As director, Adi Chopra sparkles in a number of places. Consider the scene where Surinder places the rose on the table and then, true to his reticent self, puts it back, or the lunch box scene, or the heart-to-heart tête-à-tête between Suri and Bobby. And I’m sure thanks to Adi, a number of Amristari lads will queue up for being recruited in Punjab Power so they can propose to their girl in the innovative manner Raj does!

In this quite unlike Yash Raj film, the medley song “Hum hain raahi pyaar ke, phir milenge chalte chalte” stands out with high production value. It is a tribute to Bollywood’s yesteryear actors and you wish it goes on and on as one leading actress after another is serenaded by Shahrukh.

No matter whether or not, you like the movie, but please do stay till the end credits roll. Adi had saved the best for the last. Suri’s narration of their honeymoon to Japan is the high point of the movie, it’ll surely make you laugh and you’ll come out of the hall wanting more of the endearing Surinder Sahni!

December 15, 2008 at 2:39 pm 2 comments

Miss you Nike!

Ya, that’s what I called my iPod nano – Nike.

I still remember the day when I pulled Nike out of that uber-cool packaging and held it tenderly in my hand, lest it got scratched. The shiny back of the first generation Nano was the first thing I noticed and once I it switched on to see the small display light up in colour, I knew I was in love.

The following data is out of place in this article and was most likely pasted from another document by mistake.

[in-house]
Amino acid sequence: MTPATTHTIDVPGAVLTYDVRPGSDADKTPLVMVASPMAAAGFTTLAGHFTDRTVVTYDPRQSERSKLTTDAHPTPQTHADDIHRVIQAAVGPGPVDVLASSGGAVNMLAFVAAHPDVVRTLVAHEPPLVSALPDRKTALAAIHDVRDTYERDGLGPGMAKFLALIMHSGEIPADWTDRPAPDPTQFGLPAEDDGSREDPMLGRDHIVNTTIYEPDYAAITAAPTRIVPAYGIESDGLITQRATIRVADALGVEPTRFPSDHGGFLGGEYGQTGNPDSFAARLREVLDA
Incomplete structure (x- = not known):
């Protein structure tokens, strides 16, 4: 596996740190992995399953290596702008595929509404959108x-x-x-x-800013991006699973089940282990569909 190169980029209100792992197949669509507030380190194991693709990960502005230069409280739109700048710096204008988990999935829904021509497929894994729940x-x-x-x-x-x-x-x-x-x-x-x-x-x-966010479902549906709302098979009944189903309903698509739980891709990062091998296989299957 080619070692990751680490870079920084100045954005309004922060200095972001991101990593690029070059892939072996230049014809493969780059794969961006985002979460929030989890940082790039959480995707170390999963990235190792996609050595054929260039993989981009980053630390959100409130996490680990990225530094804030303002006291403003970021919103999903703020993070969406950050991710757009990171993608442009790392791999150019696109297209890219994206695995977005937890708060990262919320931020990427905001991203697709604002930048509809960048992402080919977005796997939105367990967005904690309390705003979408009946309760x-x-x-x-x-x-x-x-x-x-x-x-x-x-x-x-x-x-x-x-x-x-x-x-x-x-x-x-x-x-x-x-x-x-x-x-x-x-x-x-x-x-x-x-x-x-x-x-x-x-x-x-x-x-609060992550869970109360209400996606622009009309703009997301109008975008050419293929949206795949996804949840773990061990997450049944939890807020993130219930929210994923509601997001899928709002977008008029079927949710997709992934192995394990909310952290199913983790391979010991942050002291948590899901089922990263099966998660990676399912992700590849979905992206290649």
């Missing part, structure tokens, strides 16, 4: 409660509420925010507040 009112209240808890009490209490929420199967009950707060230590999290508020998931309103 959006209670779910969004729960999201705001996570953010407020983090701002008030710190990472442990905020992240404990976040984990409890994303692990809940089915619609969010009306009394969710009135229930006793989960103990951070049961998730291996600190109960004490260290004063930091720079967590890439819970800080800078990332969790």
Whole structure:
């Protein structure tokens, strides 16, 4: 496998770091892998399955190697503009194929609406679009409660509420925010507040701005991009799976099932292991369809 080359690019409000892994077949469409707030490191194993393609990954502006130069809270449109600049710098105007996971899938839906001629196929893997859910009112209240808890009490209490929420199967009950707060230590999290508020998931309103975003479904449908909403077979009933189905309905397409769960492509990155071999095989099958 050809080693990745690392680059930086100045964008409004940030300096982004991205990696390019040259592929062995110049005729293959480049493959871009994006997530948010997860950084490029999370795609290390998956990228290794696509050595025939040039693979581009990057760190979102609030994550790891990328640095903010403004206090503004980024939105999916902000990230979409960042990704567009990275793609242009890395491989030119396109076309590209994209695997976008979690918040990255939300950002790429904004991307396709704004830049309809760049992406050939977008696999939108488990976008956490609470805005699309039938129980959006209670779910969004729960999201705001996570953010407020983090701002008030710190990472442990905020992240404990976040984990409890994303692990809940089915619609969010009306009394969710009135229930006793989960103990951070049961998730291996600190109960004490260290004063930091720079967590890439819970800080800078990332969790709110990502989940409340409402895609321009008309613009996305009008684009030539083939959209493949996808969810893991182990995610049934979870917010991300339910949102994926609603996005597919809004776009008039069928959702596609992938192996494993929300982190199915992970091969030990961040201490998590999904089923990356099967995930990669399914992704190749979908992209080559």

The love affair had actually started a couple of weeks before, when I first saw the pictures of the newly launched iPod – Nano, they called it – on Apple’s website. I had already heard about iPod’s sound quality and I couldn’t wait to have one of my own. It was overpriced considering my budget and I was in a dilemma if I actually needed this expensive music player, when there were cheaper options available. Obviously nothing, at that time, matched the aesthetics of Apple’s products. And the opportunity of possessing the latest from the iPod family (and be able to show it off once I returned back to India) was too hard to resist.